BitWorking

This is Joe Gregorio's writings (archives), projects and status updates.

Knowledge Acquisition

John Panzer:

Software development is a knowledge acquisition activity, not a manufacturing activity.

I frequently get asked why I write my own frameworks, my own blogging software, my own blogging client, even my own presentation software. That's the answer: knowledge acquisition.

Yeah, I'm with you. Frequently the activity of development is more worthwhile than the end result and also I tend to try to do a very quick first iteration on a design/implementation to extract lessons for the second and later iterations. I wrote a post on this topic recently.

Posted by Bill Higgins on 2007-02-06

A few thoughts. I find that I immediately doubt the credibility or seriousness of anything published with an AOL logo on it. What a brand problem.

Second, it seems that your response is a veiled refutation of John's premise that:

there are some people who just aren't good at finding prior solutions, or at understanding them once found, and they may contribute to unnecessary re-creation of software, increasing both cost and risk to larger projects. But they're not the norm

I really like the idea of programming as knowledge acquisition. But the bit about "unnecessary re-creation of software" seems to contradict his whole piece and smacks of a little elitism if you ask me.

Posted by Justin Watt on 2007-02-07

I suppose whether a particular re-creation is necessary depends on whether you're an 'engineer' or a 'scientist'. I was talking from the 'engineering' point of view, where the primary goal is to solve a problem. Here knowledge acquisition is just a prerequisite and unnecessary re-creation doesn't advance your goal. If you are being a 'scientist' and your primary goal is to acquire knowledge, then re-creation is fine and actually is a foundation of the scientific method. Sometimes you have to go back and forth between the two roles of course. Perhaps I misinterpreted Scott Rosenberg and he was really saying that the big problem is that programmers behave like scientists, when their projects need them to behave like engineers. The root problem then is not competence but a conflict of interest. I just don't think this is a key problem. That is, it's a real issue, but I don't see it as the key reason why software projects take so long or fail so often. I actually see the reverse problem a lot more (engineers trying to get a quick solution and not recognizing when it's time to step back and put on a scientist hat for a while).

Posted by John Panzer on 2007-02-07

Software development is a knowledge acquisition activity, not a manufacturing activity. This truth has been said before. There is one Alain Perlis epigram that says something like "When we try to make computers learn, it turns out that we learn and computers don't". In the Mythical Man Month you can read similar conclusion when discussion turns into second system effect. I think there is many examples of wrong kind of knowledge acquisition. You learn something by programming that you could have learned more quickly from the books or from studying how old programs do it. When you use both these sources and then write your programs you can learn something that others have not learned before. I think software engineering field lacks memory. It is frustrating to see that field is not moving forward but people just discover same solutions over and over.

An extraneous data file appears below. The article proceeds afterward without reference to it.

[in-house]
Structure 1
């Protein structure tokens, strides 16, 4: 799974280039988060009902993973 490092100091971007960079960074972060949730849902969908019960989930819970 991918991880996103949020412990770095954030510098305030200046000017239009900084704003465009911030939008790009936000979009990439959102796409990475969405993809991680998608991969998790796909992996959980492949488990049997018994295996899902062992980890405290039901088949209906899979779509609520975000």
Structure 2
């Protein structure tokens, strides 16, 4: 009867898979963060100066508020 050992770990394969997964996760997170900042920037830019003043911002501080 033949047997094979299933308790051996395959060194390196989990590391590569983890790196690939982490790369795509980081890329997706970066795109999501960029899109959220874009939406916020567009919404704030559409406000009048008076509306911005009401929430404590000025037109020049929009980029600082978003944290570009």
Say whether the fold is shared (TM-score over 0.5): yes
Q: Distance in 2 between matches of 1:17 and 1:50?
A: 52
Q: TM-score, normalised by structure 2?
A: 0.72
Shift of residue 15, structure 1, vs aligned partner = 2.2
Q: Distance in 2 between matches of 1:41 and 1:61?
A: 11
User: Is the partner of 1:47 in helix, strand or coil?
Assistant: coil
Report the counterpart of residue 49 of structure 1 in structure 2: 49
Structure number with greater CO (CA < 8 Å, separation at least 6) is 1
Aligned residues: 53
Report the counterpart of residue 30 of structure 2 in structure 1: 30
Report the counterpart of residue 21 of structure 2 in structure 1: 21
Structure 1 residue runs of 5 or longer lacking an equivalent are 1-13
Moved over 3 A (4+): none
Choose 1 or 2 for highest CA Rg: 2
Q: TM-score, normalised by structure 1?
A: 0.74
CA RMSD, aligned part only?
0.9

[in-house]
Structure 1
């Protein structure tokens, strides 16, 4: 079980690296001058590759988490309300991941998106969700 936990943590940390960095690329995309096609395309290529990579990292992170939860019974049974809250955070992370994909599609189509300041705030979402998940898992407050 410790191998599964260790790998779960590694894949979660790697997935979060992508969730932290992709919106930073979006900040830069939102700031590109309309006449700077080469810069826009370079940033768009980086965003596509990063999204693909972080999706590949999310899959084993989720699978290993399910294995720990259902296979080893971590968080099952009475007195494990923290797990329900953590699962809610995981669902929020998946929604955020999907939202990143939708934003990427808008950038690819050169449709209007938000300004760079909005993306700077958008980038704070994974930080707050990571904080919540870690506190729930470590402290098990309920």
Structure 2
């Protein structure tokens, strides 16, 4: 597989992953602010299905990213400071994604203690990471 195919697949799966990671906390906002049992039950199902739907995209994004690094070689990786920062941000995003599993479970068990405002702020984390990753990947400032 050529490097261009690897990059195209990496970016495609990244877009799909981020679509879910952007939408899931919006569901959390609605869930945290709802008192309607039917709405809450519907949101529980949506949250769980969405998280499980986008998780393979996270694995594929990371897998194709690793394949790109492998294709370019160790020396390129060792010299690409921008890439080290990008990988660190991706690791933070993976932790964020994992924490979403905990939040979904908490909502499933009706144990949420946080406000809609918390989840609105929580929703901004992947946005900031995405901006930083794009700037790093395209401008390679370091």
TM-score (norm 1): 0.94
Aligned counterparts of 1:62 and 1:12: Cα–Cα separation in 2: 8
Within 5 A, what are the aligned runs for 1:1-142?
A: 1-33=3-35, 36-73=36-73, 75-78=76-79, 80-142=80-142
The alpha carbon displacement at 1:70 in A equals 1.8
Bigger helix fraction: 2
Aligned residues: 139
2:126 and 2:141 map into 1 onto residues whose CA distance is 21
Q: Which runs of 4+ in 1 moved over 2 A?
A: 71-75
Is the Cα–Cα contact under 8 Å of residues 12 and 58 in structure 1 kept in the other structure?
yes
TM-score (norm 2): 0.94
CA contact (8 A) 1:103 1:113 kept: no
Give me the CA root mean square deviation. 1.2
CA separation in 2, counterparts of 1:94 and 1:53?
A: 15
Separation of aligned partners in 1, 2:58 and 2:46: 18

Posted by Nick Nolan on 2007-02-08

In truth it is both: a balance between real world needs and theoretical perfection.

Posted by Mike Cantelon on 2007-02-08

I think building one's one software when there are suitable options out there would happen less often if open source also meant open architecture and open documentation. If I want to know the different elements required in building forums or a querying system or whatnot, I either have to dig deep into someone else's source code (which probably lacks comments and statistically isn't all that great), or do it on my own. The stress and annoyance of looking at other people's code without a birds-eye view from which to work is fairly significant. There needs to be more information like this: http://www.pui.ch/phred/archives/2005/04/tags-database-schemas.html Thoughts?

Posted by Luke on 2007-02-09

I have been doing my own stuff (you name it, me's done it). And I have never understood why people look at it as bad to do what has already been done. You can't understand the Standard Template Library of C++, unless you've cloned it. You can't know your *NIX real good, unless you've cloned it. You can't know your typing real good, unless you've typed! (Not just read what has been typed.)

I have argued this and frothed at the mouth, and thought I was the only one who saw this. Wrong, of course.

And, don't let anybody tell you it is for those who are learning. No! Learning never ends, and every time you write new code, you learn. Even if what you are learning is a new bug (or the lack of a feature) in your own programming language.

(Removed my address, because I think it may be reaped by bots - can it? Here, anyway, of you want it: revence27 at g m a i l dot com)

Posted by Revence 27 on 2007-02-10

2007-02-06